New Harvest winner gets the basics right and comes out tops

As the son of a farmworker, Sewis van der Horst managed to work his way up to become a farmer in his own right and an exporter of quality fruit. Last year, he was crowned the Toyota New Harvest winner. Jeandré van der Walt visited his operation close to Villiersdorp.

New Harvest winner gets the basics right and comes out tops
Only 180ha of Loufontein are suitable for cultivation purposes. Sewis van der Horst would like to use the entire farm by adding a livestock component to his operations. Photo: Jeandré van der Walt
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Sewis van der Horst believes the quality of the fruit produced on his farm, Loufontein, is comparable to that of any commercial producer, and adds that nothing about his fruit indicates he is an emerging farmer.

Van der Horst, the son of farmworkers, grew up on a stone fruit farm in the Western Cape’s fertile Hoeko Valley.

“I always had a love for farming,” he recalls. “As a child, I’d help pick fruit during school holidays.”

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After matriculting in 1991, he remained on the farm as a general farmworker.

“Agriculture is my passion, but I didn’t want to stay a farmworker for the rest of my life. I wanted to own a farm,” he says.

In 1993, the owners of the farm offered him the chance to attain a higher education, and he enrolled for an agricultural diploma at the Kromme Rhee Training Academy, just outside of Stellenbosch.

Sewis van der Horst, the Toyota New Harvest Winner of 2019, farms apples, pears and nectarines on a 1 165ha farm just outside Villiersdorp.

After completing his studies, he worked in various managerial positions. He then began applying to government for a land reform farm. After numerous attempts, he finally received a property from the then Department of Rural Development and Land Reform through the Proactive Land Acquisition Strategy. He was granted a 30-year lease, with the option of buying the land.

In 2016, Van der Horst took charge of the 1 165ha Loufontein just outside of Villiersdorp. When he received the farm, apples, pears and nectarines had already been planted on 30ha, 12ha and 1,27ha respectively. However, the orchards and the farm in general were not in very good condition.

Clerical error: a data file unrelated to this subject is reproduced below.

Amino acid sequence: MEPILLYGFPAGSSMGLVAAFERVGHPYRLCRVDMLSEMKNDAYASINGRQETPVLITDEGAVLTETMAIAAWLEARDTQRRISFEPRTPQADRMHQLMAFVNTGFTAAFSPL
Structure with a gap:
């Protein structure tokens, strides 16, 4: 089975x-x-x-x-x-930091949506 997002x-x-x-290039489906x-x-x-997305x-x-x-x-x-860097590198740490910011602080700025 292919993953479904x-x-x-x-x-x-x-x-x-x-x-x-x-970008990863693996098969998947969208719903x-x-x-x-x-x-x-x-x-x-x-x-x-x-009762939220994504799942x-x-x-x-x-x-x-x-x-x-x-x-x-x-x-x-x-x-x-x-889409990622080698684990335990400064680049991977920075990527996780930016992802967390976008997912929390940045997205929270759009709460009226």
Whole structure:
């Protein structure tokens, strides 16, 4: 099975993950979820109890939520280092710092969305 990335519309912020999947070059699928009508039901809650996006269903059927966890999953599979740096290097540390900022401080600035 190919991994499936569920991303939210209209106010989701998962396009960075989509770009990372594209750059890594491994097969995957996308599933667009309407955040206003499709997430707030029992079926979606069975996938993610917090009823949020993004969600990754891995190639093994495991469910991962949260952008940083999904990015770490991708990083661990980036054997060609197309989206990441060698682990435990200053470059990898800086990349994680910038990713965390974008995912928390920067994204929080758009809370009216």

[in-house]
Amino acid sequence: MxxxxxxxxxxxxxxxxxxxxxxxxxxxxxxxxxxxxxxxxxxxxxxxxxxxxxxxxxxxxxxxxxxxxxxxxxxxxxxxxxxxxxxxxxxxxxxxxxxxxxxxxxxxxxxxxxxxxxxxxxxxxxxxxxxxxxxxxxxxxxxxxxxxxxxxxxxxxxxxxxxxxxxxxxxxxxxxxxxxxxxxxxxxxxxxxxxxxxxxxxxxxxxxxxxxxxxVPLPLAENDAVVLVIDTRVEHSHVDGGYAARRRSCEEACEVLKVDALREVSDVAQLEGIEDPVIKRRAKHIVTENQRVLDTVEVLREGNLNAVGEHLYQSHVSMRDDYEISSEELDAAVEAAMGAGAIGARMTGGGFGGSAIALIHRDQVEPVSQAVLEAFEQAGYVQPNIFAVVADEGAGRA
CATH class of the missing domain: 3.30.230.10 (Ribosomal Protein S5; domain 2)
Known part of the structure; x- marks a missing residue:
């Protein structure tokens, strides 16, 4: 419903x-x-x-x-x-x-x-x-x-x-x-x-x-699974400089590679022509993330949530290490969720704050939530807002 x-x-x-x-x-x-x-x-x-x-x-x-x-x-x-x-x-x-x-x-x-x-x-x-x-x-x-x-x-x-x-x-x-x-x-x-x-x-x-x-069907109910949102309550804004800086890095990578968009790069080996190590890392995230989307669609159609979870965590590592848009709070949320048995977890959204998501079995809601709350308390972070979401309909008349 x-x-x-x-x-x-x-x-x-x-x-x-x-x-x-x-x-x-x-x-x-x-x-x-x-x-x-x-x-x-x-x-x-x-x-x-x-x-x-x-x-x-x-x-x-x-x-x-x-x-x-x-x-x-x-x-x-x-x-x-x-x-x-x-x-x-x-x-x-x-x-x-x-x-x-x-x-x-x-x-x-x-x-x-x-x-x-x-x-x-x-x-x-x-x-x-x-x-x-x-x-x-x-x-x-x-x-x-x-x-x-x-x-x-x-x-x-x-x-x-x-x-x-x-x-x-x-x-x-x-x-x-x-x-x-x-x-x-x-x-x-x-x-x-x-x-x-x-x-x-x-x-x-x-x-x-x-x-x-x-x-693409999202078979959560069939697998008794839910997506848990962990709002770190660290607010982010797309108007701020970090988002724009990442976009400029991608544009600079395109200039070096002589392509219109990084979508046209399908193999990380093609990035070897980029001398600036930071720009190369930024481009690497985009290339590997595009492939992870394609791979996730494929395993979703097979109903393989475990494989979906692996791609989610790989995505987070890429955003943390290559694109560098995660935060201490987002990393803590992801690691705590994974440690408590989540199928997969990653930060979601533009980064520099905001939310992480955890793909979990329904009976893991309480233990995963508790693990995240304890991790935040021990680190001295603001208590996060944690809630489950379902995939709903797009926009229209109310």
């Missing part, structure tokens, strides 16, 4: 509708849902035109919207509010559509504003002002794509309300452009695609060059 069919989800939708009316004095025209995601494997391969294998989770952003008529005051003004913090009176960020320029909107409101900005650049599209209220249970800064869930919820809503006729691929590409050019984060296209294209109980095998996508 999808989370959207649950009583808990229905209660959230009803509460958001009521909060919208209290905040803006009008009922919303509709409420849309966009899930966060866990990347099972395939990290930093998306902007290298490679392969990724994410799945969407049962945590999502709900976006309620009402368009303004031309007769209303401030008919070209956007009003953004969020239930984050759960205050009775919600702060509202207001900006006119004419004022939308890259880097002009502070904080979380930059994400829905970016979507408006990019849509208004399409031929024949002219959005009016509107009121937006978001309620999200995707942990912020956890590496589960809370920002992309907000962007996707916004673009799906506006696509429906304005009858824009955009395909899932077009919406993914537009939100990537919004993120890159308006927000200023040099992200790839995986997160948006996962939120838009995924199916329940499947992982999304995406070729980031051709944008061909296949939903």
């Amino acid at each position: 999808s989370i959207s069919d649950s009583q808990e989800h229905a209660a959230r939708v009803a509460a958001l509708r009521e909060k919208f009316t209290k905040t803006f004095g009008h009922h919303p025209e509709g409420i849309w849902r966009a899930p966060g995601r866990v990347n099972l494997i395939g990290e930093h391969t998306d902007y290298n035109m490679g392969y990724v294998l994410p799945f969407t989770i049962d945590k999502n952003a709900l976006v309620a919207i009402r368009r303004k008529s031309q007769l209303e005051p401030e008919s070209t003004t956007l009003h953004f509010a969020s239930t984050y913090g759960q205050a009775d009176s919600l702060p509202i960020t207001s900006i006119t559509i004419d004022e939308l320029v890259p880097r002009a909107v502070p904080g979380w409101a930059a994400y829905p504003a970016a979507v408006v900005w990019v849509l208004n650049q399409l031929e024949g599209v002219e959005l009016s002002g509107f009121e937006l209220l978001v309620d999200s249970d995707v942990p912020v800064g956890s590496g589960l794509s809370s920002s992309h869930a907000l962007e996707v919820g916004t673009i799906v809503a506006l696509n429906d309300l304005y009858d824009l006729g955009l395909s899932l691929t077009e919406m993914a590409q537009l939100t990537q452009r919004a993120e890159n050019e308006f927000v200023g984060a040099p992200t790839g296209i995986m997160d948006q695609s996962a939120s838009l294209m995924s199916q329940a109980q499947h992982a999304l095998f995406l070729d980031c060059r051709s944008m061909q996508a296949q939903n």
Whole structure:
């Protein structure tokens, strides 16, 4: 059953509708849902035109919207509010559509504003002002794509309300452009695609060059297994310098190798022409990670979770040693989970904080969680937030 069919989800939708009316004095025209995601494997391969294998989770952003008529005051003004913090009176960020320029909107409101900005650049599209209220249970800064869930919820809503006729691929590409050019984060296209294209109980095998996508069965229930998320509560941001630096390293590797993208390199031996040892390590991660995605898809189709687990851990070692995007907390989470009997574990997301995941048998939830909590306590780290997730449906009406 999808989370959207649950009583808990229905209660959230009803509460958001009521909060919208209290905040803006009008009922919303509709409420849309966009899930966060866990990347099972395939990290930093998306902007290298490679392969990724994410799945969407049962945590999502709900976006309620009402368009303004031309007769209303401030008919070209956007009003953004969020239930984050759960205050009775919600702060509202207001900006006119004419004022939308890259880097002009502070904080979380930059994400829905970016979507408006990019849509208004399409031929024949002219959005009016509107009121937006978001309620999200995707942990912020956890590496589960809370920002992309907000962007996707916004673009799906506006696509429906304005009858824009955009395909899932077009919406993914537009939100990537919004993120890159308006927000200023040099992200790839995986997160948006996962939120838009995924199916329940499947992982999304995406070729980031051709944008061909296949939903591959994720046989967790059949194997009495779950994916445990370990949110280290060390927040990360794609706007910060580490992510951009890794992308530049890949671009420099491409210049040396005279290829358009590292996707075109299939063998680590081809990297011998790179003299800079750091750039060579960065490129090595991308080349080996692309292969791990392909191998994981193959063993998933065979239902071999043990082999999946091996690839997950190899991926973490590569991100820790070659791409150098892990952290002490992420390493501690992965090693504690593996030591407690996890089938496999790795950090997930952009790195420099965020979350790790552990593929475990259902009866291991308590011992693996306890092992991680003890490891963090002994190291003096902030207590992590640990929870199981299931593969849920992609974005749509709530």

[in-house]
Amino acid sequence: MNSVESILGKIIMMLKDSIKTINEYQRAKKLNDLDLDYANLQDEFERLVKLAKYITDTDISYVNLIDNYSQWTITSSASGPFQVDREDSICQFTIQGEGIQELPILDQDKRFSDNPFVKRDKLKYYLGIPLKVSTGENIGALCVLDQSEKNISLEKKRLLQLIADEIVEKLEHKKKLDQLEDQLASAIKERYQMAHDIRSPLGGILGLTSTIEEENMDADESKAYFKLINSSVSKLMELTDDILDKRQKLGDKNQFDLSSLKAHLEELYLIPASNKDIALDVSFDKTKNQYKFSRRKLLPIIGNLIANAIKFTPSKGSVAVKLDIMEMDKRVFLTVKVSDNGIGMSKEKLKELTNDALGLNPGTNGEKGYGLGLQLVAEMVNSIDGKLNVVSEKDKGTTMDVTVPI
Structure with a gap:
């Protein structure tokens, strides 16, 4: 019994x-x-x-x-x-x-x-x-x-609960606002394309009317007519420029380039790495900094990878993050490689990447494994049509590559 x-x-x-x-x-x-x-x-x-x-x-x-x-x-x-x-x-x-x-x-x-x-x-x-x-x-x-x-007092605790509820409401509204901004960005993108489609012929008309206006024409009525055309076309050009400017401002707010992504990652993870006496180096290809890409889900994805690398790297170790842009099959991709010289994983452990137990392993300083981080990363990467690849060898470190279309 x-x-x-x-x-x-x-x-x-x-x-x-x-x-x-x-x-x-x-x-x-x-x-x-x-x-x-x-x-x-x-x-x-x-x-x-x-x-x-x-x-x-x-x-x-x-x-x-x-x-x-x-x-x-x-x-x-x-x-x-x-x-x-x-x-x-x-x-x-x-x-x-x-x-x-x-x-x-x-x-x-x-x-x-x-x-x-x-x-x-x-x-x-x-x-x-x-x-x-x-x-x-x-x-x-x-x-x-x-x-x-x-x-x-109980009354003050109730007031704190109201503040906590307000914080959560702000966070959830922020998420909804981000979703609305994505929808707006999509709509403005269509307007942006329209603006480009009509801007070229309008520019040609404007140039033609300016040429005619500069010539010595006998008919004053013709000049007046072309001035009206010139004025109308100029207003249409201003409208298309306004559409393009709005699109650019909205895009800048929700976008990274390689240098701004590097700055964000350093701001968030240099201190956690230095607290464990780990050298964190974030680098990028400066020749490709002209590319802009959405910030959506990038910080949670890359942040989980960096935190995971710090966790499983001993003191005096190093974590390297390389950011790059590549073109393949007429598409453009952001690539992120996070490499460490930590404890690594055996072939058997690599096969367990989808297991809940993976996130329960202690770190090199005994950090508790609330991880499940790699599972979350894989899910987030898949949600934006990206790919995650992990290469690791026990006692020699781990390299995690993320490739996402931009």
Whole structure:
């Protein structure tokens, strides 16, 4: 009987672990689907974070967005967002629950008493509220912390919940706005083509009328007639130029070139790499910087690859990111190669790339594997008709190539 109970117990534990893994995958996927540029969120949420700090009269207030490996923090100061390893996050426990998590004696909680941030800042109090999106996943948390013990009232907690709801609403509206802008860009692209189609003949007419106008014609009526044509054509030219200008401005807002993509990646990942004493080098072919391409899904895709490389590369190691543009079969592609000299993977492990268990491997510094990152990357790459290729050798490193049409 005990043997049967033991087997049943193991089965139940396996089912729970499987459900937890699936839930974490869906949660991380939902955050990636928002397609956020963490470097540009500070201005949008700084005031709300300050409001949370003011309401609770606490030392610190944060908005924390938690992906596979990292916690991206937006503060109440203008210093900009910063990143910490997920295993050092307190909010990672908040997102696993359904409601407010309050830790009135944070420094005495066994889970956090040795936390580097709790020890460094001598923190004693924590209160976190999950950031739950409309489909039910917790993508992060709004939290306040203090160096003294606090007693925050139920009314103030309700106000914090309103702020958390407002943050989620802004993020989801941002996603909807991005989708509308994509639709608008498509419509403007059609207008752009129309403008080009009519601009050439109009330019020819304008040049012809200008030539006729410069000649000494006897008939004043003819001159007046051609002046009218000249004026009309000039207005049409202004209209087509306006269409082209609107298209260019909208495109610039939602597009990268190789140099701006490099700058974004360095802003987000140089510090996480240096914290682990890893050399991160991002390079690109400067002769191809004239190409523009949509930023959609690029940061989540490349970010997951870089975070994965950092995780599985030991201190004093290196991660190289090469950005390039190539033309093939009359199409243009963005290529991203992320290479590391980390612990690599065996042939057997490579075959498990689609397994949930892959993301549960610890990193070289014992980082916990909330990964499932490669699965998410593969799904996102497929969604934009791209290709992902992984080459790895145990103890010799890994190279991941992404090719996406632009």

“The irrigation systems were a mess, the orchards were not pruned properly, and the pest management and fertiliser programmes were inadequate,” he recalls. “In addition, the maintenance of the implements was also minimal.”

He had also incurred some debt with the farm.

Getting the basics right 
Van der Horst had to take many corrective actions. His turnaround strategy was based on the importance of getting the basics right. Needless to say, this included determining what could be done to return the orchards to their full potential.

Fertilisation is vital in rectifying deficiencies and imbalances. To ensure he has an adequate fertiliser programme in place, Van der Horst uses the services of Two-a-Day consultants, who take leaf samples annually and suggest fertiliser and foliar applications based on their analyses.

Van der Horst also employs specialist consultants to analyse soil samples every three years.

He says he can already see a shift in production and the quality of the fruit produced on Loufontein. Last season, a block of Golden Delicious apples that was producing 47t/ha when he took over the farm yielded 90t/ha.

According to Van der Horst, some of the apple varieties planted on Loufontein struggle due to the unfavourable microclimate, which is too hot for certain cultivars. His plan is to re-establish these orchards with early apple varieties that are better adapted to the area.

Fruit varieties